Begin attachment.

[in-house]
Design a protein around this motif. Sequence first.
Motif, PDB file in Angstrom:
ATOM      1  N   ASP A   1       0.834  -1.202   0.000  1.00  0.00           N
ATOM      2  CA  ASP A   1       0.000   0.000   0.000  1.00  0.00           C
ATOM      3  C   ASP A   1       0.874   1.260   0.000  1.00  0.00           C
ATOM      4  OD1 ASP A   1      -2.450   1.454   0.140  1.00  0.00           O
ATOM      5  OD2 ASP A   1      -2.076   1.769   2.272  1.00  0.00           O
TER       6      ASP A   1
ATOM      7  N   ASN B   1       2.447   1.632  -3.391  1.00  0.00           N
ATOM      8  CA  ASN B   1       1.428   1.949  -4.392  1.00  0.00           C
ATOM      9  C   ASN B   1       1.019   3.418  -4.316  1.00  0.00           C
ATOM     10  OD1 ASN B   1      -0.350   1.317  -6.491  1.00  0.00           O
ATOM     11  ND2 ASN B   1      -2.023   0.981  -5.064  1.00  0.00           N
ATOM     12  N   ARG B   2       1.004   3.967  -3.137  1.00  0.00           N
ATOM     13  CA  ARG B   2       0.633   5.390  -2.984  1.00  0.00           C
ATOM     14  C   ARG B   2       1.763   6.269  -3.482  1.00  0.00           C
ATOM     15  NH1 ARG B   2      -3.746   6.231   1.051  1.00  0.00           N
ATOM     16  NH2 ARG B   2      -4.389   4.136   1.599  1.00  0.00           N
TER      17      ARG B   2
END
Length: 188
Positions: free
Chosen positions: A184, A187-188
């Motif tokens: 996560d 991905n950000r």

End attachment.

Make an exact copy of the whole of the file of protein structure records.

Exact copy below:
[in-house]
Design a protein around this motif. Sequence first.
Motif, PDB file in Angstrom:
ATOM      1  N   ASP A   1       0.834  -1.202   0.000  1.00  0.00           N
ATOM      2  CA  ASP A   1       0.000   0.000   0.000  1.00  0.00           C
ATOM      3  C   ASP A   1       0.874   1.260   0.000  1.00  0.00           C
ATOM      4  OD1 ASP A   1      -2.450   1.454   0.140  1.00  0.00           O
ATOM      5  OD2 ASP A   1      -2.076   1.769   2.272  1.00  0.00           O
TER       6      ASP A   1
ATOM      7  N   ASN B   1       2.447   1.632  -3.391  1.00  0.00           N
ATOM      8  CA  ASN B   1       1.428   1.949  -4.392  1.00  0.00           C
ATOM      9  C   ASN B   1       1.019   3.418  -4.316  1.00  0.00           C
ATOM     10  OD1 ASN B   1      -0.350   1.317  -6.491  1.00  0.00           O
ATOM     11  ND2 ASN B   1      -2.023   0.981  -5.064  1.00  0.00           N
ATOM     12  N   ARG B   2       1.004   3.967  -3.137  1.00  0.00           N
ATOM     13  CA  ARG B   2       0.633   5.390  -2.984  1.00  0.00           C
ATOM     14  C   ARG B   2       1.763   6.269  -3.482  1.00  0.00           C
ATOM     15  NH1 ARG B   2      -3.746   6.231   1.051  1.00  0.00           N
ATOM     16  NH2 ARG B   2      -4.389   4.136   1.599  1.00  0.00           N
TER      17      ARG B   2
END
Length: 188
Positions: free
Chosen positions: A184, A187-188
């Motif tokens: 996560d 991905n950000r």